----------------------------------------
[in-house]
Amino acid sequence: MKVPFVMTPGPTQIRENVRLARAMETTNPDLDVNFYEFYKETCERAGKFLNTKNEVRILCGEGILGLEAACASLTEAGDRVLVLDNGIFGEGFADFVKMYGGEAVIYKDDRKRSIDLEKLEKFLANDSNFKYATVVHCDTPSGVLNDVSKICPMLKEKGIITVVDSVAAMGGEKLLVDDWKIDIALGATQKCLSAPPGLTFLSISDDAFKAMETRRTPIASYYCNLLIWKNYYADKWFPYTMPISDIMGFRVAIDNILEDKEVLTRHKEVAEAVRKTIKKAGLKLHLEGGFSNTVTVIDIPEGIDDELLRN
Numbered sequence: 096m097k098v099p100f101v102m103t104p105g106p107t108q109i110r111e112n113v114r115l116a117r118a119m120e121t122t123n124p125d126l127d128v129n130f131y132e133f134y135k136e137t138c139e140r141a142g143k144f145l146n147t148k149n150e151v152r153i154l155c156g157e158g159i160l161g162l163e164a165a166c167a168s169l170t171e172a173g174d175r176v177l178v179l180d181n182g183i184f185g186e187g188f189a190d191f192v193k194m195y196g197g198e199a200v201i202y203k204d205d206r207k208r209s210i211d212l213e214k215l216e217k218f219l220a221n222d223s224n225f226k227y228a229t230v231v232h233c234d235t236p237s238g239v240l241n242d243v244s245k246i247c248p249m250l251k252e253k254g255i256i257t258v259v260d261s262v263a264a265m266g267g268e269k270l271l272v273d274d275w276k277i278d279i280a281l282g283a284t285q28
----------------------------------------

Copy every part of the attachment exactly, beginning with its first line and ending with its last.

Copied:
[in-house]
Amino acid sequence: MKVPFVMTPGPTQIRENVRLARAMETTNPDLDVNFYEFYKETCERAGKFLNTKNEVRILCGEGILGLEAACASLTEAGDRVLVLDNGIFGEGFADFVKMYGGEAVIYKDDRKRSIDLEKLEKFLANDSNFKYATVVHCDTPSGVLNDVSKICPMLKEKGIITVVDSVAAMGGEKLLVDDWKIDIALGATQKCLSAPPGLTFLSISDDAFKAMETRRTPIASYYCNLLIWKNYYADKWFPYTMPISDIMGFRVAIDNILEDKEVLTRHKEVAEAVRKTIKKAGLKLHLEGGFSNTVTVIDIPEGIDDELLRN
Numbered sequence: 096m097k098v099p100f101v102m103t104p105g106p107t108q109i110r111e112n113v114r115l116a117r118a119m120e121t122t123n124p125d126l127d128v129n130f131y132e133f134y135k136e137t138c139e140r141a142g143k144f145l146n147t148k149n150e151v152r153i154l155c156g157e158g159i160l161g162l163e164a165a166c167a168s169l170t171e172a173g174d175r176v177l178v179l180d181n182g183i184f185g186e187g188f189a190d191f192v193k194m195y196g197g198e199a200v201i202y203k204d205d206r207k208r209s210i211d212l213e214k215l216e217k218f219l220a221n222d223s224n225f226k227y228a229t230v231v232h233c234d235t236p237s238g239v240l241n242d243v244s245k246i247c248p249m250l251k252e253k254g255i256i257t258v259v260d261s262v263a264a265m266g267g268e269k270l271l272v273d274d275w276k277i278d279i280a281l282g283a284t285q28